Portuguese State reduces deficit by €359 million



The Portuguese State has got off to a good start in reducing its budget deficit, slashing it by €359 million since January.

The State deficit went down 31% overall while the deficit for the Central Administration fell 58% for the period.

The Government heralded the results as “fairly promising” in a long road ahead but admitted that budgetary consolidation had been further helped by increased receipts rather than reduced expenditure.

In fact, according to statistics released on Monday, the State’s actual expenditure increased 0.9% while primary expenditure (which discounts the effects, for example, of interest payments) increased 0.4%.

“Expenditure is under control but we were expecting some reduction, not just in relation to 2010 but also 2009,” said economist Paulo Trigo Pereira.

Even compared to 2009, the year in which there was a general election and the Government increased public sector salaries by 2.9%, actual expenditure has been rising by 14.6% across the board.

To compensate, Government receipts have increased substantially helping to offset the effect of expenditure on public accounts.

As the Government has already announced, tax receipts have increased 15.1% thanks to an increase in VAT from 21 to 23% and Income Tax (IRS) and Corporation Tax (IRC) rates up to 26%.

“The increase in tax rates is huge and from this it’s easy to see why the Government is managing to keep the budget on an even keel,” said Paulo Trigo Pereira.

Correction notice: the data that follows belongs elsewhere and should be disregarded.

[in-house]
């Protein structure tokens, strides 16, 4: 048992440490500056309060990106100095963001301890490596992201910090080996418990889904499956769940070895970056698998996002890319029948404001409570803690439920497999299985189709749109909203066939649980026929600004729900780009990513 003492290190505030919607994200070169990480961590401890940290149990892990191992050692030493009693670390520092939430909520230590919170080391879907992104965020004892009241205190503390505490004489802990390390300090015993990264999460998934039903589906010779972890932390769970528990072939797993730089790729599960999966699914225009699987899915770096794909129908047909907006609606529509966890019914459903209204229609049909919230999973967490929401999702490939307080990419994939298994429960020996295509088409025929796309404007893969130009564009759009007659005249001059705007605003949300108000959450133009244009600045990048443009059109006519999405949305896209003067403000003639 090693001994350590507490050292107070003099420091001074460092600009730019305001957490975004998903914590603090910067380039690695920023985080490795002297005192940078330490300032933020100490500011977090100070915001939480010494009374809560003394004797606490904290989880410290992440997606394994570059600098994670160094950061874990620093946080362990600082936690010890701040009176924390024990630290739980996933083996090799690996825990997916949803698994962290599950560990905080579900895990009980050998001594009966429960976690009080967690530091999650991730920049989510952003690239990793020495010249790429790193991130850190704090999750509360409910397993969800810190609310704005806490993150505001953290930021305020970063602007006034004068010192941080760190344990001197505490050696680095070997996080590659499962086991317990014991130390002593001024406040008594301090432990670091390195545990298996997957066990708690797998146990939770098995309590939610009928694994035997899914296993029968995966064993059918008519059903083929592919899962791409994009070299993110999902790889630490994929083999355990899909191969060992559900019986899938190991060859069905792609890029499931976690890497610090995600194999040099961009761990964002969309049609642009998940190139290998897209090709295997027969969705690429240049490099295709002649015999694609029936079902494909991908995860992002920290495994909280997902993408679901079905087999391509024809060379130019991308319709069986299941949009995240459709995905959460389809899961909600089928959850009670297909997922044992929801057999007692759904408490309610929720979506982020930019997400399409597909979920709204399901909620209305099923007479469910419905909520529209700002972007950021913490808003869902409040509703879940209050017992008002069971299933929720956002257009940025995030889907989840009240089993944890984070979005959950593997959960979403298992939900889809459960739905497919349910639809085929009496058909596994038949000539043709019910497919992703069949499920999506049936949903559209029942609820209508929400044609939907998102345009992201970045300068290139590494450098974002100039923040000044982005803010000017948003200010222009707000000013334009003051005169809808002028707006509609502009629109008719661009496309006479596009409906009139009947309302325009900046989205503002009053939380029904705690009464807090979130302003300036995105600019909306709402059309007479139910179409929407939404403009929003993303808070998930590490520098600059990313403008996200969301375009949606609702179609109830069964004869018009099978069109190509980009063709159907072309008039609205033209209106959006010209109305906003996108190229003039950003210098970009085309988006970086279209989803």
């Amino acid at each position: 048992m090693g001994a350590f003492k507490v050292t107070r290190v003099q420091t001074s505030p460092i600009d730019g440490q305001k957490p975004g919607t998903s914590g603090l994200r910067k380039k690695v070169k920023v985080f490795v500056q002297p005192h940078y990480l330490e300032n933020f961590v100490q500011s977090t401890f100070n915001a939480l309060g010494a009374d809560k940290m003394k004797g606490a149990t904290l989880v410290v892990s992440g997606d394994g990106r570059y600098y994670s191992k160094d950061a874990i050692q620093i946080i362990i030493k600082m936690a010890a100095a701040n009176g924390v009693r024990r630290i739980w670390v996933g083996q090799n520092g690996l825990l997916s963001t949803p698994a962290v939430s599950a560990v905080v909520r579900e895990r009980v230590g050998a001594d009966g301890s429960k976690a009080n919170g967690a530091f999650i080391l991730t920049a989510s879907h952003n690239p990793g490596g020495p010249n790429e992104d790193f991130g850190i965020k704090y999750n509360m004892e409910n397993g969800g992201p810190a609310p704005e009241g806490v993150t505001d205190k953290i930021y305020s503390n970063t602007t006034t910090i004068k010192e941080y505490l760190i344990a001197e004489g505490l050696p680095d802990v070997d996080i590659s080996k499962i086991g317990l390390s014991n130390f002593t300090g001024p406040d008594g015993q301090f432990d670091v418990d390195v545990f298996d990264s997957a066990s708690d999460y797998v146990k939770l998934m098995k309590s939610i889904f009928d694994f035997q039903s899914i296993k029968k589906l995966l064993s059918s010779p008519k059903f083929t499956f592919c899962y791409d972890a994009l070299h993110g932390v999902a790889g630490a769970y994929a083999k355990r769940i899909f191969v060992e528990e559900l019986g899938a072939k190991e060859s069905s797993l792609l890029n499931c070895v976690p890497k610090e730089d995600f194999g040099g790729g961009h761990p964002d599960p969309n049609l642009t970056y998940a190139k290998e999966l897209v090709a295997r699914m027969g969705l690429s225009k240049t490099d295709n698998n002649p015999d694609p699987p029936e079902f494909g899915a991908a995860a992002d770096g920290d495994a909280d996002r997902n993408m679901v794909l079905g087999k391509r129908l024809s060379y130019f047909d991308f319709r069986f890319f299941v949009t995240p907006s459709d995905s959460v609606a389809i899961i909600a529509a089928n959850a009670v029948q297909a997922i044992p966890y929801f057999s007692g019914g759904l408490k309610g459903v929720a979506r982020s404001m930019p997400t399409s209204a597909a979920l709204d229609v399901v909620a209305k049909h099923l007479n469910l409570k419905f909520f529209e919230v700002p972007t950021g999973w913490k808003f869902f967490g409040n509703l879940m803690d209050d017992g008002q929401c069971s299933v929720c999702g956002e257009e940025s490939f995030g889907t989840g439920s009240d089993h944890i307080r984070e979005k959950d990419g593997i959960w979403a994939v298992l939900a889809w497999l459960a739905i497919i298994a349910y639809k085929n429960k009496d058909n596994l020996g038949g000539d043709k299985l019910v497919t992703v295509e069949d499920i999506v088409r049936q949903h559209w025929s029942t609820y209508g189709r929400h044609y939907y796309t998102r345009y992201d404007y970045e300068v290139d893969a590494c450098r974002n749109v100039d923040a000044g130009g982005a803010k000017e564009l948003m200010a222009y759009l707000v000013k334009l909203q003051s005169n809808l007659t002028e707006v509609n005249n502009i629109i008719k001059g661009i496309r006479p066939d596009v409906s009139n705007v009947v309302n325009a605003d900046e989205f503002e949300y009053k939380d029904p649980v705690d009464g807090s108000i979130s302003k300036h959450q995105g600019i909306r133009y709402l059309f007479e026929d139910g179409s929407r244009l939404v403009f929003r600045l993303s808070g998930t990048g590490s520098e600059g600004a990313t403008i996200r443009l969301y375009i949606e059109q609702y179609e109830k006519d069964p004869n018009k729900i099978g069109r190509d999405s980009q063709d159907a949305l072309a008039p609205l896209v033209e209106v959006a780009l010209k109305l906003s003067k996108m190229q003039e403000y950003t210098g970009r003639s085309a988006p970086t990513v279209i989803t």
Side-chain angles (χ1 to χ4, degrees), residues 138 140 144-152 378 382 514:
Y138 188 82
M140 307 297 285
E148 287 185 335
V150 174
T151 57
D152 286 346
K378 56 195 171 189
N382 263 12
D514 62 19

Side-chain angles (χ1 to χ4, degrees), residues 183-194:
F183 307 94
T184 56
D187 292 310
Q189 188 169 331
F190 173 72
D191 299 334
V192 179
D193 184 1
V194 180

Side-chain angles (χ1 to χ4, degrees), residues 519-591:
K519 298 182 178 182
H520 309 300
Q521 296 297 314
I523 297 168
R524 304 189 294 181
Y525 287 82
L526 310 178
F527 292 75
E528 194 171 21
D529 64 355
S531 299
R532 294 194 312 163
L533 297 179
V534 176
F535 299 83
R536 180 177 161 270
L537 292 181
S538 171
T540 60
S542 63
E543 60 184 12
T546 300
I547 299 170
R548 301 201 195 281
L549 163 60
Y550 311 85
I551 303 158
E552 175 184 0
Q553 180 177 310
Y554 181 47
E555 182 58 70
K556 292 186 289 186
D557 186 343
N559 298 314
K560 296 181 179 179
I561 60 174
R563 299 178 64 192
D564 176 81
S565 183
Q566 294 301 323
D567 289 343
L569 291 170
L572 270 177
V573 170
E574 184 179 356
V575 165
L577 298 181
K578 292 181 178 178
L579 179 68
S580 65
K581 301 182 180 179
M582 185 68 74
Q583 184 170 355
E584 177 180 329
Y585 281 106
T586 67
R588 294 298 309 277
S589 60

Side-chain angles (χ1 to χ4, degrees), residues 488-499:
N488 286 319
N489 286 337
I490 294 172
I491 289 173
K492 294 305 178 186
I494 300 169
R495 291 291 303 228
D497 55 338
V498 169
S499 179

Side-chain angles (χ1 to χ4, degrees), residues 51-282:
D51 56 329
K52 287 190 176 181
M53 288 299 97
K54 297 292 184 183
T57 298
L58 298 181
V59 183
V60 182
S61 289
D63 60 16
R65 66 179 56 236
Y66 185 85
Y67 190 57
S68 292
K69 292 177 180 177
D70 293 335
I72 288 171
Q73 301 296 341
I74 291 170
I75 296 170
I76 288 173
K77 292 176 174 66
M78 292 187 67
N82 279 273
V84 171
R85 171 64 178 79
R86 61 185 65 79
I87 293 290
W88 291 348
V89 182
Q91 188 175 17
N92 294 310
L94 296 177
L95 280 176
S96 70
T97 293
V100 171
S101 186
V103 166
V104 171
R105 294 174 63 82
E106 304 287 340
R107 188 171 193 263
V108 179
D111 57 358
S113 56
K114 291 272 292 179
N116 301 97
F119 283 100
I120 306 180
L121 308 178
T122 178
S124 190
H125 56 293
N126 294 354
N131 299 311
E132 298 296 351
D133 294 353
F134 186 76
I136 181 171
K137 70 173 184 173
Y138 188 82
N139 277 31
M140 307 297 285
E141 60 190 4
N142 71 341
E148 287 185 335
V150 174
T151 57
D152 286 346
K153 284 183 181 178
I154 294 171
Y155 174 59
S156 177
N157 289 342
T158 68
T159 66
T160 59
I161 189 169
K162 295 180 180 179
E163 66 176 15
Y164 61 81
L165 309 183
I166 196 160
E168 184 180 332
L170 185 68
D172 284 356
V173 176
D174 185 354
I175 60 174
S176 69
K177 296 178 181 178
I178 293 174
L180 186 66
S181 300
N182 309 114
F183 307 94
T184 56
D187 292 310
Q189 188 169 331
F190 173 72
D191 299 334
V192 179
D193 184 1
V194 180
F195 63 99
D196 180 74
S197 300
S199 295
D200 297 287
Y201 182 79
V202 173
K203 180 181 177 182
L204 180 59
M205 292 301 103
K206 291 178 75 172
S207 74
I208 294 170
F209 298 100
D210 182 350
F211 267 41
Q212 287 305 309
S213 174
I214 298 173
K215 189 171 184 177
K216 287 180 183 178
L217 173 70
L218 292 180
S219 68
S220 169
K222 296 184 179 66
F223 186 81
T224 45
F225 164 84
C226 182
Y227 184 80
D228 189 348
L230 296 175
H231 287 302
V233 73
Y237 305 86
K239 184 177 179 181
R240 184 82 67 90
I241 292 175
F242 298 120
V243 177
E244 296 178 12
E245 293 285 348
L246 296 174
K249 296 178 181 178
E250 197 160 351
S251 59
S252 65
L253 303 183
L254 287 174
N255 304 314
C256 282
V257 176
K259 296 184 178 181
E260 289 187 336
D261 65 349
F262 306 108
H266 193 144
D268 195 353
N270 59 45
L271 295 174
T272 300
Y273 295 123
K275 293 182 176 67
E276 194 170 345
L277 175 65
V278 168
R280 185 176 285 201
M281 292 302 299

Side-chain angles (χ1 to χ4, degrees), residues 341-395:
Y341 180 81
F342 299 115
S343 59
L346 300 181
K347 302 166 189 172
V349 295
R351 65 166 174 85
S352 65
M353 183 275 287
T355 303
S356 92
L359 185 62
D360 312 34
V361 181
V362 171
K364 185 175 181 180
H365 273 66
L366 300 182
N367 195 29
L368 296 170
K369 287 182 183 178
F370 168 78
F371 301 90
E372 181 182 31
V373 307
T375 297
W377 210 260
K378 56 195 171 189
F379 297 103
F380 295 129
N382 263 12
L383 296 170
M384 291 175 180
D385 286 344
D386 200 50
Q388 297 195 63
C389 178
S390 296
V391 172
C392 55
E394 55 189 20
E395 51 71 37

The result of increased revenues from taxation was a corresponding reduction in the deficit, which was €787 million in January, an improvement of €360 million on the same period in 2010.

As to the Central Administration deficit, figures for which the Government released for the first time for this budget, there was a reduction of 58.6%, to €282 million that contributed to an improvement in independent services funds by €38.7 million to €503.5 million.

Meanwhile the country’s Social Security bill, which stood at €310.5 million at the start of the year, dropped by €52.3 million.

Expenditure on unemployment benefit and back-to-work schemes fell 6.6% in January with Social Security spending €11.7 million less than a year ago.

With the austerity measures implemented from the State Budget 2011, receipts from an increase in VAT to 23% brought an extra €59.7 million to State coffers.

Opposition parties reacted cautiously to the improved budgetary figures with the PSD’s economist, Miguel Frasquilho, detecting “creative accounting” in the Government’s figures.

The president of the conservative CDS-PP, Paulo Portas, reacted with irony by stating: “I would hope that the deficit wouldn’t go up after those tax increases.”

The leader of the opposition PSD party, Pedro Passos Coelho, remarked that the Government had only succeeded because the “Portuguese were paying more taxes”.

The Prime Minister José Sócrates said he couldn’t understand the “ill faith and grudges from those who weren’t happy because the figures were good.”